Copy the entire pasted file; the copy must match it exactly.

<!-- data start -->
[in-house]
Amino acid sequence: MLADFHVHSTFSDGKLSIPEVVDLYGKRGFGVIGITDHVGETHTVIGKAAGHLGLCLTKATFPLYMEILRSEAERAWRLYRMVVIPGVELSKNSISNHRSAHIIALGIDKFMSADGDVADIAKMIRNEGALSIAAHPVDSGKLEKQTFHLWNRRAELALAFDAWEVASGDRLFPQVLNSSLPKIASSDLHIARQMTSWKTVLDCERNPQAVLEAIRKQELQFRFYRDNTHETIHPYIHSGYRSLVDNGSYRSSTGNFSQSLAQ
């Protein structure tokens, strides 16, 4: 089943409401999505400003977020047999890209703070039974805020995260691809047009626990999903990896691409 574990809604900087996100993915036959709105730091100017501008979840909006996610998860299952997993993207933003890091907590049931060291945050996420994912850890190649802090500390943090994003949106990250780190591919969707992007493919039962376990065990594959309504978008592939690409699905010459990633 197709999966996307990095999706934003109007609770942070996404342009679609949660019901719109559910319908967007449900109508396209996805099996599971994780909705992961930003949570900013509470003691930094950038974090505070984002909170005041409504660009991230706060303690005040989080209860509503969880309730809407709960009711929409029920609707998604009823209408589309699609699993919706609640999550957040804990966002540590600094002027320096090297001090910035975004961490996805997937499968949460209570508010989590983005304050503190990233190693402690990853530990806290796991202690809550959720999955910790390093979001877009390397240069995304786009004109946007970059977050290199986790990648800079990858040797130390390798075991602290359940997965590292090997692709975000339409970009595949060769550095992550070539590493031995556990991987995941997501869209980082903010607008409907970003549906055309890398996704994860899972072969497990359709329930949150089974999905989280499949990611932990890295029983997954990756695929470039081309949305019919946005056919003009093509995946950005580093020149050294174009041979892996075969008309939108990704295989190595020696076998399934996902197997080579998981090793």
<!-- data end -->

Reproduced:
[in-house]
Amino acid sequence: MLADFHVHSTFSDGKLSIPEVVDLYGKRGFGVIGITDHVGETHTVIGKAAGHLGLCLTKATFPLYMEILRSEAERAWRLYRMVVIPGVELSKNSISNHRSAHIIALGIDKFMSADGDVADIAKMIRNEGALSIAAHPVDSGKLEKQTFHLWNRRAELALAFDAWEVASGDRLFPQVLNSSLPKIASSDLHIARQMTSWKTVLDCERNPQAVLEAIRKQELQFRFYRDNTHETIHPYIHSGYRSLVDNGSYRSSTGNFSQSLAQ
């Protein structure tokens, strides 16, 4: 089943409401999505400003977020047999890209703070039974805020995260691809047009626990999903990896691409 574990809604900087996100993915036959709105730091100017501008979840909006996610998860299952997993993207933003890091907590049931060291945050996420994912850890190649802090500390943090994003949106990250780190591919969707992007493919039962376990065990594959309504978008592939690409699905010459990633 197709999966996307990095999706934003109007609770942070996404342009679609949660019901719109559910319908967007449900109508396209996805099996599971994780909705992961930003949570900013509470003691930094950038974090505070984002909170005041409504660009991230706060303690005040989080209860509503969880309730809407709960009711929409029920609707998604009823209408589309699609699993919706609640999550957040804990966002540590600094002027320096090297001090910035975004961490996805997937499968949460209570508010989590983005304050503190990233190693402690990853530990806290796991202690809550959720999955910790390093979001877009390397240069995304786009004109946007970059977050290199986790990648800079990858040797130390390798075991602290359940997965590292090997692709975000339409970009595949060769550095992550070539590493031995556990991987995941997501869209980082903010607008409907970003549906055309890398996704994860899972072969497990359709329930949150089974999905989280499949990611932990890295029983997954990756695929470039081309949305019919946005056919003009093509995946950005580093020149050294174009041979892996075969008309939108990704295989190595020696076998399934996902197997080579998981090793």